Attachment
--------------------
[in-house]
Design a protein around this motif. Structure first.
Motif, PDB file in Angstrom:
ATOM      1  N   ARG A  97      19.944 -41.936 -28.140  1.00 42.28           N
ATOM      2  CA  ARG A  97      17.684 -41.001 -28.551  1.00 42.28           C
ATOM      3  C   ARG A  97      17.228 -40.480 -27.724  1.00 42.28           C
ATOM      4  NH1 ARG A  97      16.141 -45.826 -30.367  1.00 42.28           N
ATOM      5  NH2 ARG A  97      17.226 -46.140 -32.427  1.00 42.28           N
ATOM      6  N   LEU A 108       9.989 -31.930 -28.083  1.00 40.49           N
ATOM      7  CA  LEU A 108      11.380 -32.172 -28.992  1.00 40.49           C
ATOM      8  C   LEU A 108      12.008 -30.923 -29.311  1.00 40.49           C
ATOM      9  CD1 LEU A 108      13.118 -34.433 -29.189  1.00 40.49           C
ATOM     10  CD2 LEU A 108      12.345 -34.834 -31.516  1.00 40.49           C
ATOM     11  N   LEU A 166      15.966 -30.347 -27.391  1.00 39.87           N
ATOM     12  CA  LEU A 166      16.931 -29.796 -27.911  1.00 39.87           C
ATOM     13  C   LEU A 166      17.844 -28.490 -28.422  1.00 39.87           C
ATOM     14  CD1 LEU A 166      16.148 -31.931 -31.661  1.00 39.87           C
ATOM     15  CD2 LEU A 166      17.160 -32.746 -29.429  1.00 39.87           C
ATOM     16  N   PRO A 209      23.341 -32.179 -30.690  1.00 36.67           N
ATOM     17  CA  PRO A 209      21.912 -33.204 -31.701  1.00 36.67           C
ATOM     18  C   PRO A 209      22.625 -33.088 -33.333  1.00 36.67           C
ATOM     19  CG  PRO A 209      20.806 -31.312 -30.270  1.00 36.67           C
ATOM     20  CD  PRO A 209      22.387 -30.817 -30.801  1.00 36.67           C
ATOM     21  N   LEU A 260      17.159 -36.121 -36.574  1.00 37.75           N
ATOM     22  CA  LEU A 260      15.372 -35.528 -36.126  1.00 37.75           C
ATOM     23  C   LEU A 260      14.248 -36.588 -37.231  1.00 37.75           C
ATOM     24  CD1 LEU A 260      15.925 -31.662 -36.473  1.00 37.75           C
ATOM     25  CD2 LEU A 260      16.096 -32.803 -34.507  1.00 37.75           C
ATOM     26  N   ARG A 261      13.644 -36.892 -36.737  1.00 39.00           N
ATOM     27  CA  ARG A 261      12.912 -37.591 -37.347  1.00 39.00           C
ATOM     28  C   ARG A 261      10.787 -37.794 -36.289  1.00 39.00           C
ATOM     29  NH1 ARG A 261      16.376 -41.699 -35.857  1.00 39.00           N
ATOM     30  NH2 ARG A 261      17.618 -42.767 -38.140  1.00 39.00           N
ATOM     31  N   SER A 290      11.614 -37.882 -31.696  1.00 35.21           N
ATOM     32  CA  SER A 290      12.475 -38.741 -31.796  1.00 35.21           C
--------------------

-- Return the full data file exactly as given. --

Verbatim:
[in-house]
Design a protein around this motif. Structure first.
Motif, PDB file in Angstrom:
ATOM      1  N   ARG A  97      19.944 -41.936 -28.140  1.00 42.28           N
ATOM      2  CA  ARG A  97      17.684 -41.001 -28.551  1.00 42.28           C
ATOM      3  C   ARG A  97      17.228 -40.480 -27.724  1.00 42.28           C
ATOM      4  NH1 ARG A  97      16.141 -45.826 -30.367  1.00 42.28           N
ATOM      5  NH2 ARG A  97      17.226 -46.140 -32.427  1.00 42.28           N
ATOM      6  N   LEU A 108       9.989 -31.930 -28.083  1.00 40.49           N
ATOM      7  CA  LEU A 108      11.380 -32.172 -28.992  1.00 40.49           C
ATOM      8  C   LEU A 108      12.008 -30.923 -29.311  1.00 40.49           C
ATOM      9  CD1 LEU A 108      13.118 -34.433 -29.189  1.00 40.49           C
ATOM     10  CD2 LEU A 108      12.345 -34.834 -31.516  1.00 40.49           C
ATOM     11  N   LEU A 166      15.966 -30.347 -27.391  1.00 39.87           N
ATOM     12  CA  LEU A 166      16.931 -29.796 -27.911  1.00 39.87           C
ATOM     13  C   LEU A 166      17.844 -28.490 -28.422  1.00 39.87           C
ATOM     14  CD1 LEU A 166      16.148 -31.931 -31.661  1.00 39.87           C
ATOM     15  CD2 LEU A 166      17.160 -32.746 -29.429  1.00 39.87           C
ATOM     16  N   PRO A 209      23.341 -32.179 -30.690  1.00 36.67           N
ATOM     17  CA  PRO A 209      21.912 -33.204 -31.701  1.00 36.67           C
ATOM     18  C   PRO A 209      22.625 -33.088 -33.333  1.00 36.67           C
ATOM     19  CG  PRO A 209      20.806 -31.312 -30.270  1.00 36.67           C
ATOM     20  CD  PRO A 209      22.387 -30.817 -30.801  1.00 36.67           C
ATOM     21  N   LEU A 260      17.159 -36.121 -36.574  1.00 37.75           N
ATOM     22  CA  LEU A 260      15.372 -35.528 -36.126  1.00 37.75           C
ATOM     23  C   LEU A 260      14.248 -36.588 -37.231  1.00 37.75           C
ATOM     24  CD1 LEU A 260      15.925 -31.662 -36.473  1.00 37.75           C
ATOM     25  CD2 LEU A 260      16.096 -32.803 -34.507  1.00 37.75           C
ATOM     26  N   ARG A 261      13.644 -36.892 -36.737  1.00 39.00           N
ATOM     27  CA  ARG A 261      12.912 -37.591 -37.347  1.00 39.00           C
ATOM     28  C   ARG A 261      10.787 -37.794 -36.289  1.00 39.00           C
ATOM     29  NH1 ARG A 261      16.376 -41.699 -35.857  1.00 39.00           N
ATOM     30  NH2 ARG A 261      17.618 -42.767 -38.140  1.00 39.00           N
ATOM     31  N   SER A 290      11.614 -37.882 -31.696  1.00 35.21           N
ATOM     32  CA  SER A 290      12.475 -38.741 -31.796  1.00 35.21           C